It was man’s going away that stretched the heart out till the strings grew. The tragedy of sin revealed the toughness and tenderness of love. For that heart never let go of the man whom it borned. Man tried to pull away, poor thing. In his foolish misunderstanding and heady wilfulness he tried to cut loose. If he had known God better he would never have tried that. He’d never have started away; and he’d never have tried to get away.
For love never faileth. A heart—the real thing of a heart, that is, God’s heart—never lets go. It breaks; but let go? not once: never yet. The breaking only loosens the red that glues fast with a tighter hold than ever. The fibre of the heart—God’s heart—is made of too strong stuff to loosen or wear out or snap. Love never faileth. It can’t; because it’s love.
Now all this explains Jesus. It was man’s pull on these heart-strings that brought Him down. The pull was so strong and steady. It grew tenser and more insistent. And straight down He came by the shortest way, the way of those same heart-strings. For the heart-strings of God are the shortest distance between two given points, the point of God’s giving, going love, and the point of man’s sore need, given a sharper-pointed end by its very soreness.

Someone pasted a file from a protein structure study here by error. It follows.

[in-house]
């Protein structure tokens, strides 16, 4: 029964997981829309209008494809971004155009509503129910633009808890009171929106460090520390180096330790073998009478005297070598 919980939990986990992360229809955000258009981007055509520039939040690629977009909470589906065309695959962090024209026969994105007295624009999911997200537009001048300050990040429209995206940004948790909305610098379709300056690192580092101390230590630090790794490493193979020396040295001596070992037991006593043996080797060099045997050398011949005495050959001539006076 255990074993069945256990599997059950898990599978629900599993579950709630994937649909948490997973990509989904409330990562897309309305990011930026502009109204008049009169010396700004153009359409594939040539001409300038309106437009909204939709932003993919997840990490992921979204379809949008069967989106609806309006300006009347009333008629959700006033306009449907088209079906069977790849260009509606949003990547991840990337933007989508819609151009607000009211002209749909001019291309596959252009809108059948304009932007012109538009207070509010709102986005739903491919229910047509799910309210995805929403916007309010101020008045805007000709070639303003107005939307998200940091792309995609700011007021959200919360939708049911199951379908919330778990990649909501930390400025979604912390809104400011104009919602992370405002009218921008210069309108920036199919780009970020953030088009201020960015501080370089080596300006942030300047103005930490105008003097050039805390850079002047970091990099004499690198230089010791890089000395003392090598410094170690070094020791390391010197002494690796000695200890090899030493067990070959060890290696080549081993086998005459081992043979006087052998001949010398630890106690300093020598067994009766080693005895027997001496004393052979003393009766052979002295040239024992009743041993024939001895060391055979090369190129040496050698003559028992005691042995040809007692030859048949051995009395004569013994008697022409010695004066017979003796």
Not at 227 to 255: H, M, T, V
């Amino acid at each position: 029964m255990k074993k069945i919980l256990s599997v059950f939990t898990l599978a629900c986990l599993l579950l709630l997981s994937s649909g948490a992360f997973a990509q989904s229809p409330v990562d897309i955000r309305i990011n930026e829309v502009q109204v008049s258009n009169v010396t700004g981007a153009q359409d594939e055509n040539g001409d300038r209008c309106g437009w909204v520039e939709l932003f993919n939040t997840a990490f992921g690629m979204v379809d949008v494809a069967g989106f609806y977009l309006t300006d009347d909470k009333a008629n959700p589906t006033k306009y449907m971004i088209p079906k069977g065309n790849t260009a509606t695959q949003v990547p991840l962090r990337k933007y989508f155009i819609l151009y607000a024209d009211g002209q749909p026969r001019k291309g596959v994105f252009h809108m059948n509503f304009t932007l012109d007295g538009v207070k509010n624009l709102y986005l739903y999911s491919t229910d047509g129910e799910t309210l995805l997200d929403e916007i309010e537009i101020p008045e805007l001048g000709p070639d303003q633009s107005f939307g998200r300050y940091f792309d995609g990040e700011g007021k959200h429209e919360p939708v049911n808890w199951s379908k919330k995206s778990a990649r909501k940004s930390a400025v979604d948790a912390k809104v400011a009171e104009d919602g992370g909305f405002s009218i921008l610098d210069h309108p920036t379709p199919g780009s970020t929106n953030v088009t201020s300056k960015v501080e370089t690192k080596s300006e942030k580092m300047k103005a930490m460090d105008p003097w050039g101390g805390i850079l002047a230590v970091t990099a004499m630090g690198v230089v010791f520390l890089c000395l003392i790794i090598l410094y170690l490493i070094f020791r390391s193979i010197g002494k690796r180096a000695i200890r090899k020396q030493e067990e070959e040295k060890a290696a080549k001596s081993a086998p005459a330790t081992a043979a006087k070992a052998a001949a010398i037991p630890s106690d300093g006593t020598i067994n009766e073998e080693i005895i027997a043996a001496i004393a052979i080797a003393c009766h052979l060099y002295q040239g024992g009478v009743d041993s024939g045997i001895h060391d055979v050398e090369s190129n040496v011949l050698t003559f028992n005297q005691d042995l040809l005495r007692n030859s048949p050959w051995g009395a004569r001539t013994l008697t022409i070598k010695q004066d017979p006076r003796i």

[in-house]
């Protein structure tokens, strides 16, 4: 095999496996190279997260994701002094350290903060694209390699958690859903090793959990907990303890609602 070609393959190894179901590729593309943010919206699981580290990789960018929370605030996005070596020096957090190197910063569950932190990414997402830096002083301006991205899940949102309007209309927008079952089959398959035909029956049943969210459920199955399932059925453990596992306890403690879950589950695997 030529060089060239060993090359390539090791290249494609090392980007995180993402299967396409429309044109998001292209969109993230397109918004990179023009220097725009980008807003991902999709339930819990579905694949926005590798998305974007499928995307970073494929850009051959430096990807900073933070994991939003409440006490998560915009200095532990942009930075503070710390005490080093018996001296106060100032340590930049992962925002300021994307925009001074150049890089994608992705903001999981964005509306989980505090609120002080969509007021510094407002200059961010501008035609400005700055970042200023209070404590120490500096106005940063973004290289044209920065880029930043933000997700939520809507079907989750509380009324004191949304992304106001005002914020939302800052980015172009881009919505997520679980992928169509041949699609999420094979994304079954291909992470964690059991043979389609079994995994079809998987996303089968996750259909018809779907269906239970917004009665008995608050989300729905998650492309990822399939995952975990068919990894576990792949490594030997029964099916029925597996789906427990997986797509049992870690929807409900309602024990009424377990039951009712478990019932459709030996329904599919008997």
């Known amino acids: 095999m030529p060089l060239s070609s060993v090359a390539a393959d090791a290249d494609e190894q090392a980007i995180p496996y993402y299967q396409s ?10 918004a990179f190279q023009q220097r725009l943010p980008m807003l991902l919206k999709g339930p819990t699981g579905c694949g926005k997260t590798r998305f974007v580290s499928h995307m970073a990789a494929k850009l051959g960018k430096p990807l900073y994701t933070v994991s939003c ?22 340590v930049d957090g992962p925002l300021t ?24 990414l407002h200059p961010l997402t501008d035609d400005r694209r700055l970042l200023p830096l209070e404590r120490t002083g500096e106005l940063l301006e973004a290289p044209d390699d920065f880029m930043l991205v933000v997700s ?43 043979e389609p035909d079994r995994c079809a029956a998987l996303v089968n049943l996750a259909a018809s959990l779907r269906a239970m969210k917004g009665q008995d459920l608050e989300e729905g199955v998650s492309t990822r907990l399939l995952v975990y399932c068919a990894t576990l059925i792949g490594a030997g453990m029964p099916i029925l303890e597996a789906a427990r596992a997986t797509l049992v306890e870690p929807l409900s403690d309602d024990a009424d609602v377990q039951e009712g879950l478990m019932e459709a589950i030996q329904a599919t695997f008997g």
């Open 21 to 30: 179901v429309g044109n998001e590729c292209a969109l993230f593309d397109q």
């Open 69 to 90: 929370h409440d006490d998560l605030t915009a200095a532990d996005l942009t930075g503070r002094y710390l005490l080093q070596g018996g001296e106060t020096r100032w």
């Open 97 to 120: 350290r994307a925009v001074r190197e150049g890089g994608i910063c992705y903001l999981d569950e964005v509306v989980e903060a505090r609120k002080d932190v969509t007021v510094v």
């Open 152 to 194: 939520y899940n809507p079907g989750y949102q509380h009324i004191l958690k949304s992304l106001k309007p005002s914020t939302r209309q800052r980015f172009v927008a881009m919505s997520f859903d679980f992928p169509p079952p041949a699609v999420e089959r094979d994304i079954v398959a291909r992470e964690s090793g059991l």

It is a sort of blind pull, this pull of man on the heart of God; a confused, unconscious, half-conscious, dust-blinded, slippery-road sort of pulling, but one whose tight grip never slacks. Man needs God, but does not know it. He knows he needs something. He feels that keenly. But he does not know that it’s God whom he needs, with a very few rare exceptions. It doesn’t seem to have entered his head that he’ll never get out of his tight corner till God gets him out.
Down the street of life he goes, eyes blinded by the thick dust, ears deafened by the cries of the crowd, by the noise of the street without, and the noise of passions and fevered ambitions within, heart a-wearied by the confusion of it all, groping, stumbling, jostled and jostling, hitting this way and that, with the fever high in his blood, and his feet aching and bleeding; sometimes the polish of culture on the surface; sometimes rags and dirt; but underneath the same thing.
Yet under all there’s a vague but very real feeling of that unceasing pull upward upon His heart-strings. But though blind and vague and confused that tugging is never the less tense, but ever more, and then yet more.
Jesus was God answering the tug of man’s need on His heart-strings. And so naturally there was an answering feel in man’s heart. Man felt the answer a-coming. There was a great stir in the spirit-currents of earth when Jesus came. A thrill of expectancy ran through the world, Roman, Greek, Barbarian, far and wide, as Jesus drew near. The book-makers of that time all speak of it. It was the vibration of those same heart-strings connecting man and God.